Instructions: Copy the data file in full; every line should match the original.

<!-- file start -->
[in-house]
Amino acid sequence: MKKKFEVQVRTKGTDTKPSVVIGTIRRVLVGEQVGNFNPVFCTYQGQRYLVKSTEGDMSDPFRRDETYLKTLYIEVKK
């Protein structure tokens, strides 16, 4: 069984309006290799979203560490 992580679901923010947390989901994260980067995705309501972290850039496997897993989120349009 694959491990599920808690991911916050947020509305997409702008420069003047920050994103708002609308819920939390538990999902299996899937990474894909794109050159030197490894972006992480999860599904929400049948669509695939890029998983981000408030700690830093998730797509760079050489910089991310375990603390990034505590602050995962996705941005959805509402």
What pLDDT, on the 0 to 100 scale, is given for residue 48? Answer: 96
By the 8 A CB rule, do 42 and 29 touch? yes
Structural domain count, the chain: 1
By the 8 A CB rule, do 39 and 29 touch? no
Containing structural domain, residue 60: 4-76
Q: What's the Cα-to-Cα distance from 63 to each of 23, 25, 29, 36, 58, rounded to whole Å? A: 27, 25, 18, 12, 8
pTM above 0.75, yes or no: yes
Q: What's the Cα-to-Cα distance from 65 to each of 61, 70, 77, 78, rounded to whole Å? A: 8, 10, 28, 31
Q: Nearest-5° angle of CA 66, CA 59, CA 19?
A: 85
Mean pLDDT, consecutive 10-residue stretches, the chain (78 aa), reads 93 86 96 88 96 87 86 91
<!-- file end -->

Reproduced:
[in-house]
Amino acid sequence: MKKKFEVQVRTKGTDTKPSVVIGTIRRVLVGEQVGNFNPVFCTYQGQRYLVKSTEGDMSDPFRRDETYLKTLYIEVKK
């Protein structure tokens, strides 16, 4: 069984309006290799979203560490 992580679901923010947390989901994260980067995705309501972290850039496997897993989120349009 694959491990599920808690991911916050947020509305997409702008420069003047920050994103708002609308819920939390538990999902299996899937990474894909794109050159030197490894972006992480999860599904929400049948669509695939890029998983981000408030700690830093998730797509760079050489910089991310375990603390990034505590602050995962996705941005959805509402």
What pLDDT, on the 0 to 100 scale, is given for residue 48? Answer: 96
By the 8 A CB rule, do 42 and 29 touch? yes
Structural domain count, the chain: 1
By the 8 A CB rule, do 39 and 29 touch? no
Containing structural domain, residue 60: 4-76
Q: What's the Cα-to-Cα distance from 63 to each of 23, 25, 29, 36, 58, rounded to whole Å? A: 27, 25, 18, 12, 8
pTM above 0.75, yes or no: yes
Q: What's the Cα-to-Cα distance from 65 to each of 61, 70, 77, 78, rounded to whole Å? A: 8, 10, 28, 31
Q: Nearest-5° angle of CA 66, CA 59, CA 19?
A: 85
Mean pLDDT, consecutive 10-residue stretches, the chain (78 aa), reads 93 86 96 88 96 87 86 91